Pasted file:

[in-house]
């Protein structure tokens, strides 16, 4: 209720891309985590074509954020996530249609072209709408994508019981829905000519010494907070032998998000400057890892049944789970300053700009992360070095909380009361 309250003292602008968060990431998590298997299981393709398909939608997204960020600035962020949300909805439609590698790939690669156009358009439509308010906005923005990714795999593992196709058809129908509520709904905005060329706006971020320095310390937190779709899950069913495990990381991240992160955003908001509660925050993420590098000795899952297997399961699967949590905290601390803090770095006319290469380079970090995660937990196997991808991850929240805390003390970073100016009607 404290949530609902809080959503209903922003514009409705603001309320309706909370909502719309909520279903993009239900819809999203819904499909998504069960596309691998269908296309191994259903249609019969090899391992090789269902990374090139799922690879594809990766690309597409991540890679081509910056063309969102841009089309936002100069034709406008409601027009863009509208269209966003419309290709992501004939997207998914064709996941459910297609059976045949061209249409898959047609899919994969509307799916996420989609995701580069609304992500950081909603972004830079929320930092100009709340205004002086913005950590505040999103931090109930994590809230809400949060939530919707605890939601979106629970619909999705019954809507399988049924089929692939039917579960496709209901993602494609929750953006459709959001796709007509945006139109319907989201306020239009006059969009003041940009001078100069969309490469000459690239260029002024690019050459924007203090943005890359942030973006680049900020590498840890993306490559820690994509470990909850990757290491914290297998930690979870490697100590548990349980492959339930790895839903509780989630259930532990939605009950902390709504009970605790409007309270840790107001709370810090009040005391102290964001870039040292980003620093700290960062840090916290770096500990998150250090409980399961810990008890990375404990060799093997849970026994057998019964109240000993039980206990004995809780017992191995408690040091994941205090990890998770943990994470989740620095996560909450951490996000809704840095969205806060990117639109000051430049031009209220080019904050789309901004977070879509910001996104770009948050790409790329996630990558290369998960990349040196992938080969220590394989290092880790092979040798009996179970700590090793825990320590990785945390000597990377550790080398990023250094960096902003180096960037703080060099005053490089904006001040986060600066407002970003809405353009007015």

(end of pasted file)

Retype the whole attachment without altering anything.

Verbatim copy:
[in-house]
């Protein structure tokens, strides 16, 4: 209720891309985590074509954020996530249609072209709408994508019981829905000519010494907070032998998000400057890892049944789970300053700009992360070095909380009361 309250003292602008968060990431998590298997299981393709398909939608997204960020600035962020949300909805439609590698790939690669156009358009439509308010906005923005990714795999593992196709058809129908509520709904905005060329706006971020320095310390937190779709899950069913495990990381991240992160955003908001509660925050993420590098000795899952297997399961699967949590905290601390803090770095006319290469380079970090995660937990196997991808991850929240805390003390970073100016009607 404290949530609902809080959503209903922003514009409705603001309320309706909370909502719309909520279903993009239900819809999203819904499909998504069960596309691998269908296309191994259903249609019969090899391992090789269902990374090139799922690879594809990766690309597409991540890679081509910056063309969102841009089309936002100069034709406008409601027009863009509208269209966003419309290709992501004939997207998914064709996941459910297609059976045949061209249409898959047609899919994969509307799916996420989609995701580069609304992500950081909603972004830079929320930092100009709340205004002086913005950590505040999103931090109930994590809230809400949060939530919707605890939601979106629970619909999705019954809507399988049924089929692939039917579960496709209901993602494609929750953006459709959001796709007509945006139109319907989201306020239009006059969009003041940009001078100069969309490469000459690239260029002024690019050459924007203090943005890359942030973006680049900020590498840890993306490559820690994509470990909850990757290491914290297998930690979870490697100590548990349980492959339930790895839903509780989630259930532990939605009950902390709504009970605790409007309270840790107001709370810090009040005391102290964001870039040292980003620093700290960062840090916290770096500990998150250090409980399961810990008890990375404990060799093997849970026994057998019964109240000993039980206990004995809780017992191995408690040091994941205090990890998770943990994470989740620095996560909450951490996000809704840095969205806060990117639109000051430049031009209220080019904050789309901004977070879509910001996104770009948050790409790329996630990558290369998960990349040196992938080969220590394989290092880790092979040798009996179970700590090793825990320590990785945390000597990377550790080398990023250094960096902003180096960037703080060099005053490089904006001040986060600066407002970003809405353009007015």